I am behind the times and, frankly I can live with that. The times, they are a-changing and I am a-not or at least a-not-quickly. I first heard of Parquet Courts late last year and knew, right then, that if I was to ever be cool, I had to like them very much. As an act of pointless rebellion, I waited … until now. So, retroactively, “Have you heard the latest Parquet Courts album? If music is this good now, just think how good it will sound in 2013, that is if the Mayans were wrong about the end times.” As it turns out, the Mayans were wrong, or, more likely, we misunderstood them, which is the first time conspiracy theorists have ever been wrong. Ever. But Parquet Courts? Now, they sound remarkably like they did way back in August of 2012. They sound catchy and punky and capable of creating devastating ear worms. The times changed, but the music didn’t. Whew!
I encountered Parquet Courts through two separate podcasts with live recordings. Both sessions had two tracks in common “Borrowed Time” and “Stoned and Starving”. From just two listening sessions, those songs became permanently lodged in my brain. The bouncy guitar and refrain from “Stoned and Starving” and the vocals in “Borrowed Time”. I would sing myself to sleep or, more honestly, keep myself awake singing and re-singing those 5 second snippets over and over, until even the counted sheep sang:
I was walking through Ridgewood, Queens.
I was flipping through magazines.
I was so stoned and starving.
Parquet Courts sounds a little like any number of other bands but not in a bad way. To me, it’s the rhythmic repetition of Grass Widow combined with the near-chaos of Harlem. To others, it might be Pink Flag era Wire mixed with Austin, Texas (the location, not a band). Whatever your flavor, the sound is neither too raw nor too polished. The lyrics are more personal than many punk bands, giving you real life snippets and observations without giving you a full narrative. Dr. Seuss gives you stories. Parquet Courts is a best-of slideshow.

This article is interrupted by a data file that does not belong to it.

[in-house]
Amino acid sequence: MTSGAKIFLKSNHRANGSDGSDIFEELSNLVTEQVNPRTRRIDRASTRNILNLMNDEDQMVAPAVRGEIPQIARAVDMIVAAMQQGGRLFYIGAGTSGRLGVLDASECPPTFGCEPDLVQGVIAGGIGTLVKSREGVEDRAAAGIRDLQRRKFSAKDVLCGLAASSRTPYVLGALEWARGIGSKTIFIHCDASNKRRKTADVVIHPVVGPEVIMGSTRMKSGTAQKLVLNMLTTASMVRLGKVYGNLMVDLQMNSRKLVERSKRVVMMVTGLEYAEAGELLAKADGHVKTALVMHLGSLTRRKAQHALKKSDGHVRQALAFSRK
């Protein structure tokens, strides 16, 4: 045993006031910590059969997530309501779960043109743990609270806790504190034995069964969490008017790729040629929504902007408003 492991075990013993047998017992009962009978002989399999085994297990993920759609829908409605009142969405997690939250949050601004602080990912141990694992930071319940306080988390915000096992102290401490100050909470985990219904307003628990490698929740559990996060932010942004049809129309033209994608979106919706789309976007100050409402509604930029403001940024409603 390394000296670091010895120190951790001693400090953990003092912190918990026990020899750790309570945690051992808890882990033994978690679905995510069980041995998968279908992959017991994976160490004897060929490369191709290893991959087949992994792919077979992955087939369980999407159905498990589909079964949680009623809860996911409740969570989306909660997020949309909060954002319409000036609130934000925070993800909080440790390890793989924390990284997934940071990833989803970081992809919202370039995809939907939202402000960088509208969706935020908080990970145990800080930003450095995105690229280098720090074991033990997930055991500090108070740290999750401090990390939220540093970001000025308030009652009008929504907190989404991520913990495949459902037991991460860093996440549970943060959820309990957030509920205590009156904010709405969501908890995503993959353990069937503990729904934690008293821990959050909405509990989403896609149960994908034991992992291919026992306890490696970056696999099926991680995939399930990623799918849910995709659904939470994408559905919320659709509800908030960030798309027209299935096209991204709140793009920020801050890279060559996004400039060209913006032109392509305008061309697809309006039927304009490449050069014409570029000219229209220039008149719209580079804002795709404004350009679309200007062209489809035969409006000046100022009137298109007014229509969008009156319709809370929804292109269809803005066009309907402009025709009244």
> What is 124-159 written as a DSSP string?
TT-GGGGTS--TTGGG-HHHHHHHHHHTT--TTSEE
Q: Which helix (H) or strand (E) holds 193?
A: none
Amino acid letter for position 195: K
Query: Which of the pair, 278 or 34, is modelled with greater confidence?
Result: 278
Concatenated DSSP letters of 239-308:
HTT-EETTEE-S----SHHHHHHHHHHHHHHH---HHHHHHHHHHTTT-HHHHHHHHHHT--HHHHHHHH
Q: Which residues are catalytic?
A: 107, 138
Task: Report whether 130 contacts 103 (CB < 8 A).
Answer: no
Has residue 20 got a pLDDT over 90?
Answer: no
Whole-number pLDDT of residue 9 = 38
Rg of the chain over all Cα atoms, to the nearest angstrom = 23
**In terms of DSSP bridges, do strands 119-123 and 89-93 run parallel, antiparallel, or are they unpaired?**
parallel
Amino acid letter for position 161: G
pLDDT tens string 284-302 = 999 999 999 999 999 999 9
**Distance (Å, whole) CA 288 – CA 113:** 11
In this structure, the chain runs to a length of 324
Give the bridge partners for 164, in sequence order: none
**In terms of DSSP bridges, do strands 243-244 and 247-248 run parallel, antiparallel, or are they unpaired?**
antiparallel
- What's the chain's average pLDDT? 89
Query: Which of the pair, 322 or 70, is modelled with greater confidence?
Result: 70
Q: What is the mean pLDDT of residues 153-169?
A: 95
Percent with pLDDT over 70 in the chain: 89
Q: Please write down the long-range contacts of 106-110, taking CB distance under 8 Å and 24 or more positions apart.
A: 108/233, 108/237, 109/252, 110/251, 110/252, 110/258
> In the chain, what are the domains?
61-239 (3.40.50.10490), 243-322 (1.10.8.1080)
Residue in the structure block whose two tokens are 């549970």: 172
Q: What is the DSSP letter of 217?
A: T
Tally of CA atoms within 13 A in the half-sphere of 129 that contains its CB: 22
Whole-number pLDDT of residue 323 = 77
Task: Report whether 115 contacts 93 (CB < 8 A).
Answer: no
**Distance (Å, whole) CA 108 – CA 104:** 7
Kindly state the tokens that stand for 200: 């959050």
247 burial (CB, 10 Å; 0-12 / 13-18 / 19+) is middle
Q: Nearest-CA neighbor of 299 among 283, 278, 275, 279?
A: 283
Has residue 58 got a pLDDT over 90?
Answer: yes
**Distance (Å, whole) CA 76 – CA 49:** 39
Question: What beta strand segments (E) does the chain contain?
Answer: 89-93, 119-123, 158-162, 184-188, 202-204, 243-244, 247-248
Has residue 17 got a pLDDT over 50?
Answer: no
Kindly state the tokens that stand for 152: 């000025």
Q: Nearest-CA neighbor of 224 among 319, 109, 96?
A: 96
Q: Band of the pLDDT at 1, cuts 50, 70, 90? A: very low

Yes, it’s punk, but this is neither angry hardcore, nor pose-laden pop punk. This is just simple, listenable punk. Not everyone will like it, but no one will run screaming from their aural assault. Screaming for other reasons? Maybe, but that’s beyond the scope of this post.
Like many of the best punk-flavored bands, this album sounds DIY, but not a sloppy version of it. The fancy studio tricks just weren’t necessary. The guitars themselves are mostly just well-amplified clean electric guitars. The songs are tantalizingly simple. I think, given enough practice, I could play almost any of the songs. They are simple, but not stupidly simple. These simple pieces are knitted together into a real song where repetition makes a point rather than indicating a lack of ideas. There are, for example, both lead vocals and backing vocals. The lead vocals are just some guy singing real things, maybe even a guy you know. The backing vocals are just one or two other guys speaking into microphones at just the right times and often not at the same time as the lead vocalist (i.e. simple + simple > 2*simple).
Although there are standout songs (the above-mentioned pair and “N Dakota”, for example), I found it hard to do anything but just listen in order, start to finish. I tried, but would lose myself and notice that several fun songs just passed by. This is a full album and not just a collection of singles. The songs are similar enough to sound cohesive as an album, but diverse enough to not be a single epic song with fifteen verses.
Overall, this is not a masterpiece, but it is a well done, well conceived, well executed collection. Their DIY sound avoids unnecessary polish, but also risks unsmoothed parts sneaking in. It is really good. Not jaw-droppingly good, but still a credible candidate for any best-of list … well maybe not best polka albums, but you know what I mean. Between this band and Fergus & Geronimo (an appealingly strange band with two members in common), the future promises lots more musical fun from these Texas-born Brooklynites.
I have one complaint. Feedback. A little feedback? Fine. A single feedback tone lasting more than a couple of seconds? No, thank you. As a matter of personal preference, I do not have pierced ears. I prefer that my eardrums remain unpierced, too. Yes, it’s only two songs, out of fifteen, that have any sustained feedback and even those are only near the end of the song. Still, it exists. Fortunately, through nimble fingers and quick use of technology, my eardrums remain intact. I accept your apology.
*For some, the title will trigger TV ad-watching memories. To others, it will just seem odd. The latter are luckier than the former.